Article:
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Smith as an iron-willed railroad detective. When his friend Murray is fired from the railroad and begins helping Rebstock wreck trains, Smith must go after him. He also seems to have an interest in Murray's wife (and vice versa). Written by
Ed Stephan <email@example.com>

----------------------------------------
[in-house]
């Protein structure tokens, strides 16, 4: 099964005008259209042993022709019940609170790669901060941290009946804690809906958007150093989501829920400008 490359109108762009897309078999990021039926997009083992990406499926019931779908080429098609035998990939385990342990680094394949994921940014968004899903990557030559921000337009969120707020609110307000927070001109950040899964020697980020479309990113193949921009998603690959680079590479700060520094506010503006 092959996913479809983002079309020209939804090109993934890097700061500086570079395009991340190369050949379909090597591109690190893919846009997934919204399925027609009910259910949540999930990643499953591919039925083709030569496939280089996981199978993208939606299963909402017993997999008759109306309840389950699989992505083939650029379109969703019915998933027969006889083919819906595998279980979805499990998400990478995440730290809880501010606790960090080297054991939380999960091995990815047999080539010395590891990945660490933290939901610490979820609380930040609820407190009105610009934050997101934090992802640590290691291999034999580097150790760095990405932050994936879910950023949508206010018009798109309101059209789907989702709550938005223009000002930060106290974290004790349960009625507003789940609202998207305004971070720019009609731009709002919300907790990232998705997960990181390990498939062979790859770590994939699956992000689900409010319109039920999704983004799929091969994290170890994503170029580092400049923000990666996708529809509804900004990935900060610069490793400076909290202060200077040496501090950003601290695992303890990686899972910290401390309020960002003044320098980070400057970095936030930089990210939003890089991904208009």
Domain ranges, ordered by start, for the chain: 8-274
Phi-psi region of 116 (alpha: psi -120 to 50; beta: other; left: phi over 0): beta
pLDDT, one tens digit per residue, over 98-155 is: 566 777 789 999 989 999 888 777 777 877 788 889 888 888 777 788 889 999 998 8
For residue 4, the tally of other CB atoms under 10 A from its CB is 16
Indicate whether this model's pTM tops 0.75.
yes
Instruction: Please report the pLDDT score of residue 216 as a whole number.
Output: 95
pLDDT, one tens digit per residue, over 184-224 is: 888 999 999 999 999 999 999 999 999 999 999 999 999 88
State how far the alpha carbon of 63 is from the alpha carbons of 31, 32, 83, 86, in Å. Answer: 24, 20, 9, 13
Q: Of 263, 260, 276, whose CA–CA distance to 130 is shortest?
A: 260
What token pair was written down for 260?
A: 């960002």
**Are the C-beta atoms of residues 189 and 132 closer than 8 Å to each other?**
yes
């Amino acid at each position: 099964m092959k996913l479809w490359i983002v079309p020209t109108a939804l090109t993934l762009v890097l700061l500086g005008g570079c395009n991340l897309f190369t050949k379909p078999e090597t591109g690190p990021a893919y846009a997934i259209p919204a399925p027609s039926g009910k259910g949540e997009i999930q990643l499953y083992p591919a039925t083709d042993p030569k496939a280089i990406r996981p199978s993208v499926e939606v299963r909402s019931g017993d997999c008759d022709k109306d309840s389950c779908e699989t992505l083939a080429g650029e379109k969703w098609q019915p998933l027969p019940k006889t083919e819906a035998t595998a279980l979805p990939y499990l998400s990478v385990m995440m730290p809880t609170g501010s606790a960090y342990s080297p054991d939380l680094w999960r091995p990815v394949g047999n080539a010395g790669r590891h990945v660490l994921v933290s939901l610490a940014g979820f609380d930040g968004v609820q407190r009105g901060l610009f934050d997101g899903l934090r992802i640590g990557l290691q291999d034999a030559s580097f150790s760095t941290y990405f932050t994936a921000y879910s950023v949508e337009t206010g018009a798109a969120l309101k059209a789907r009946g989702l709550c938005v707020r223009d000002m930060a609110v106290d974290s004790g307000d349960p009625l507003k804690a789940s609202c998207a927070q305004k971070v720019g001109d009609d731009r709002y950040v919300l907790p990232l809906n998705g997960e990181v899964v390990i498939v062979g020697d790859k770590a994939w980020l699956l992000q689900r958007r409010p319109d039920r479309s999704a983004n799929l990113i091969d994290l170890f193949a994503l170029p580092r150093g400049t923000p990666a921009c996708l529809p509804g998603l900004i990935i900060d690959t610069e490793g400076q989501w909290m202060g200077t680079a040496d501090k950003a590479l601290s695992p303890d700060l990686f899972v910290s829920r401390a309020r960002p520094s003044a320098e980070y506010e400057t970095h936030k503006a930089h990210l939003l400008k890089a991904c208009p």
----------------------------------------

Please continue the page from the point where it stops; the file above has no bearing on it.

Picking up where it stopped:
Alan Ladd's first film in color was also his first Western, a genre with which he would become associated after making 11 of them in all (having previously excelled in noirs during the 1940s and early 50s). Here he plays a character dating back to the Silent era: a soft-spoken (hence the title) but sharp-shooting investigator for a railroad company which also employs his best friends rugged foreman Robert Preston (who married Ladd's girl Brenda Marshall) and old-timer William Demarest. With Ladd away on company business i.e. chasing a notorious trio of sibling train robbers, Preston falls in with a bad crowd headed by cattle rustler Donald Crisp and his albino henchman Frank Faylen and, on whose account, he has been pilfering 'damaged' goods transported by the railroad. Ladd is ordered back home to look into this wave of train wrecks which have been occurring on a regular basis. Suspecting Crisp and his crew, he pleads with Preston to pull out in time but the latter is too deeply involved by now to listen and an eventual shootout between the two childhood friends is inevitable. An ordinary, unpretentious Western to be sure but one that is well acted, competently staged and provides consistent entertainment for the undiscriminating viewer and Western film buffs in particular.
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